The Internet of things

We are all aware of computers, mobile phones and video streaming. But due to the ubiquitous availability of the internet and low-cost microcomputers it is now possible to control or monitor just about anything, anywhere at anytime.

IoT is becoming an everyday part of our lives whether we want it or not. It will be in our homes, workplaces, public spaces, streets, skies and waterways.

So, what are these IoT devices?

At Home
• Home automation – lighting, cooling, irrigation and security
• Health, personal and fitness devices, like a fit bit.
• White goods, washing machines, fridges, ovens.
• Home care monitoring for people at risk
• They can also monitor air quality, energy, water and waste

At Work
• Monitor rubbish bins in off-street hard to access places
• Asset Tracking
• Irrigation systems
• Lighting
• Parking
• Traffic and pedestrian flow
• Monitoring waterways, storm-water, PH and pollutants
• Air-quality and microclimates
• Energy, waste and water metering
• Feral animal movements and pest control
• Science, nesting activity and movement of possums, bats, penguins, fish, turtles and birds.

Energy Utilities can better deploy smart grids and manage energy on a smaller scale for load balancing. Improving the distribution of home renewable and battery storage systems.

Farming
• More precise crop monitoring
• Feed usage
• Water storage, soil moisture and turning on and off pumps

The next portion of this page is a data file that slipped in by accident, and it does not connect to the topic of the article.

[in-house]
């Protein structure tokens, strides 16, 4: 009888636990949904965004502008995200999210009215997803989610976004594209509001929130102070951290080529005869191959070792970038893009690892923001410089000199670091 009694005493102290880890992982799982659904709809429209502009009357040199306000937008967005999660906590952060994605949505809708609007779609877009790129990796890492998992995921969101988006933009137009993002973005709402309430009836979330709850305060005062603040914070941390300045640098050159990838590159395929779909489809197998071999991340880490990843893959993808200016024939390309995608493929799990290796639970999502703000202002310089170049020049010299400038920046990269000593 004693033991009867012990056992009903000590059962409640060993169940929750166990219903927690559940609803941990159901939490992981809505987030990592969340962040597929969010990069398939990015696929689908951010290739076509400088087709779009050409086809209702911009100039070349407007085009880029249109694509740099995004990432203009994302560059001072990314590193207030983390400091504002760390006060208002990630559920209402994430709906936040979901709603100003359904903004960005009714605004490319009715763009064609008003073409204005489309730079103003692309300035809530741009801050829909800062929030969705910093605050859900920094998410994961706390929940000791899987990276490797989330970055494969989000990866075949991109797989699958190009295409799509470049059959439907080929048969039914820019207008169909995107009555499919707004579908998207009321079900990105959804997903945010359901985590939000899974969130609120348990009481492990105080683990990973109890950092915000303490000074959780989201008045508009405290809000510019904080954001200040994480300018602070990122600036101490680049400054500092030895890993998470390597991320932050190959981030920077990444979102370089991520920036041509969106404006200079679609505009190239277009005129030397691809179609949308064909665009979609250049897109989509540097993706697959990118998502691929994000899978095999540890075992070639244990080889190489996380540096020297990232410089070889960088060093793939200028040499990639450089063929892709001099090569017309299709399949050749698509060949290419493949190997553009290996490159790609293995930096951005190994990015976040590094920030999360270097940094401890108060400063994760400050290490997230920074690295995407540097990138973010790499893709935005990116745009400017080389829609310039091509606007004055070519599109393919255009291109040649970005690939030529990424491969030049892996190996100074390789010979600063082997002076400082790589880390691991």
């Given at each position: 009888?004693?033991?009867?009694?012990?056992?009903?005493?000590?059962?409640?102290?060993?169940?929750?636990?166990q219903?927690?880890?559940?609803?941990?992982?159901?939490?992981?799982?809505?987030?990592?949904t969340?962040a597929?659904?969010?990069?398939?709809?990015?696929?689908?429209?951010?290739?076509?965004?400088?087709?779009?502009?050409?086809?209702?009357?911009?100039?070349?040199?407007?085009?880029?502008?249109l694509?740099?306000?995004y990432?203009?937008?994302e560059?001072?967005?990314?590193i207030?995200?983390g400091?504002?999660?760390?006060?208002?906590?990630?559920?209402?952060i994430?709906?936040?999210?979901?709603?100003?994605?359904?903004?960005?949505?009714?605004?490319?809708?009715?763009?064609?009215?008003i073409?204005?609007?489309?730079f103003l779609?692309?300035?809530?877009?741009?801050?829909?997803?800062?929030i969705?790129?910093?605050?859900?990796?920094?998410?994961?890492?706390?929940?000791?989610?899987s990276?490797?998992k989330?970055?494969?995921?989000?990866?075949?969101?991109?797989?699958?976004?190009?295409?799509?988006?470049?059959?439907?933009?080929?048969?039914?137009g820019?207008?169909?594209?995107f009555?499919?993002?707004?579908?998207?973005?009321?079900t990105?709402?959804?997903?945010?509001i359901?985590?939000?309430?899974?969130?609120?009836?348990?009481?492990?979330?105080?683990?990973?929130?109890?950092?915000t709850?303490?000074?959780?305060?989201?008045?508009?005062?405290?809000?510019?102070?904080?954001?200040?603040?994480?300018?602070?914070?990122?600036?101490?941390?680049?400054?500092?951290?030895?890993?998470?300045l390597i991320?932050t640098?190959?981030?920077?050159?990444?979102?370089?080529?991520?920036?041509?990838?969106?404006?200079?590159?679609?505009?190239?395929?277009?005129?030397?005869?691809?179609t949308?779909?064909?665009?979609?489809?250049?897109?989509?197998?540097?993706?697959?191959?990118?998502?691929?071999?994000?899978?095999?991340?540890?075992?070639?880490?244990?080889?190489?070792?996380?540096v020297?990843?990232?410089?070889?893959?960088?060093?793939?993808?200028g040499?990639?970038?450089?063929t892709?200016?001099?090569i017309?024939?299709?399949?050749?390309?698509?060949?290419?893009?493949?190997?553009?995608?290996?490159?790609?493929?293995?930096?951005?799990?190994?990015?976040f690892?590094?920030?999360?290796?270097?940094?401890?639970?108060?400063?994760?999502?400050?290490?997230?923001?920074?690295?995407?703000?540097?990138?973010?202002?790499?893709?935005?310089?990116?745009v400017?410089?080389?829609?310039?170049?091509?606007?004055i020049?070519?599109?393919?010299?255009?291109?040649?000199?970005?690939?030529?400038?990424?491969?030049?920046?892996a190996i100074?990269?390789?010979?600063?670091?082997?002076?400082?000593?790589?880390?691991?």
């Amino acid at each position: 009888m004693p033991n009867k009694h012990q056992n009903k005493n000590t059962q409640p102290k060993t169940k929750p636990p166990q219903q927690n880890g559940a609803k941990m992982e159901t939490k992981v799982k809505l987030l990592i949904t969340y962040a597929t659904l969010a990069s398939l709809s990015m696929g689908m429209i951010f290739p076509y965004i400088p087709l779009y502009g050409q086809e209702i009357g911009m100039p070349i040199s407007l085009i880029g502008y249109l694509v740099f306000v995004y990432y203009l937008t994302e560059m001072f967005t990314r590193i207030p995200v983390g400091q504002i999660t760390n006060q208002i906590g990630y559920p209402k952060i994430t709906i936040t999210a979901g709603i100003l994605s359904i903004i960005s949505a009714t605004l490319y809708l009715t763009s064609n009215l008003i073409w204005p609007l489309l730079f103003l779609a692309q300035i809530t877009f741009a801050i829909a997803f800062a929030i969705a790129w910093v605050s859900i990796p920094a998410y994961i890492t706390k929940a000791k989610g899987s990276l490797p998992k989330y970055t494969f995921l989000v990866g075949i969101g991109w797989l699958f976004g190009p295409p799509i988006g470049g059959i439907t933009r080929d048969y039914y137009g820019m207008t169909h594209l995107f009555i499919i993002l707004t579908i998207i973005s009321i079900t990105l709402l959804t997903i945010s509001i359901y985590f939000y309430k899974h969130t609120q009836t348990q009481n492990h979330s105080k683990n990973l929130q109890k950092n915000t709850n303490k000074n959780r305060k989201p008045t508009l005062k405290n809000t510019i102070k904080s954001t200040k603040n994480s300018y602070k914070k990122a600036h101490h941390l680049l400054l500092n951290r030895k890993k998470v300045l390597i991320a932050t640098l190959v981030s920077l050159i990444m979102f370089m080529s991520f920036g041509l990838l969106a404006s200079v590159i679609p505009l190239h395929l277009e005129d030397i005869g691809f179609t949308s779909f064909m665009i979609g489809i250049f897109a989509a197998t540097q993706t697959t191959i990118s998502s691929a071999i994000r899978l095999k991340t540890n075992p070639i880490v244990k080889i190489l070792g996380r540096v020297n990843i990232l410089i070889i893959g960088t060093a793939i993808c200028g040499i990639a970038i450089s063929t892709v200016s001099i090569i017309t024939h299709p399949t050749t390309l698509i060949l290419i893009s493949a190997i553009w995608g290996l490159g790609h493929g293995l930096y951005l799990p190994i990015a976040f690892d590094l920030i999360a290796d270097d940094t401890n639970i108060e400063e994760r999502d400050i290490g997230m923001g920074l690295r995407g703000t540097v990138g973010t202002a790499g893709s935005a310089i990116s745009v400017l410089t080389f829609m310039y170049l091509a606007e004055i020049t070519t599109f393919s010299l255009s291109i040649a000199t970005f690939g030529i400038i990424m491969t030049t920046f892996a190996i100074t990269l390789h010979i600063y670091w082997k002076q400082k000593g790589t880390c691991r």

• Livestock movements and paddock usage
• Weather and pasture conditions

Combine all this with AI systems, the possibilities are immense.

Issues to consider
With all this data being transmitted and shared all over the internet, so too does the risk of losing our privacy.

Meaning we all need to be more aware of making strong passwords, managing your network, using VPNs, encryption and firewalls.

Also using reliable manufactures of IoT devices is an equally important consideration. Is the manufacture actively working to protect you from potential risks? Do they have customer support and do you or your IT department understand how to manage these devices and prevent against the possible risks?

When accessing these devices over the internet how is this done? Is the data encrypted? If it uses an internet service, is it secure? Who else is the data being shared with?

I’m sure we were all shocked when we learned that Facebook was selling personal data for dubious political activities. However, I feel our greatest risk is the community being left behind. Only 10 years ago video rental was commonplace, now it’s Netflix or something similar.

Consequently, it is important we understanding what this technology is and be better informed, so we can make better decisions. Personally, professionally and politically.

There are new opportunities to improve our cities and lifestyles. There are new ways to improve business, operations and to serve our communities. Meaning new business opportunities, new products and services, and this will translate directly into new employment for those who have the know-how.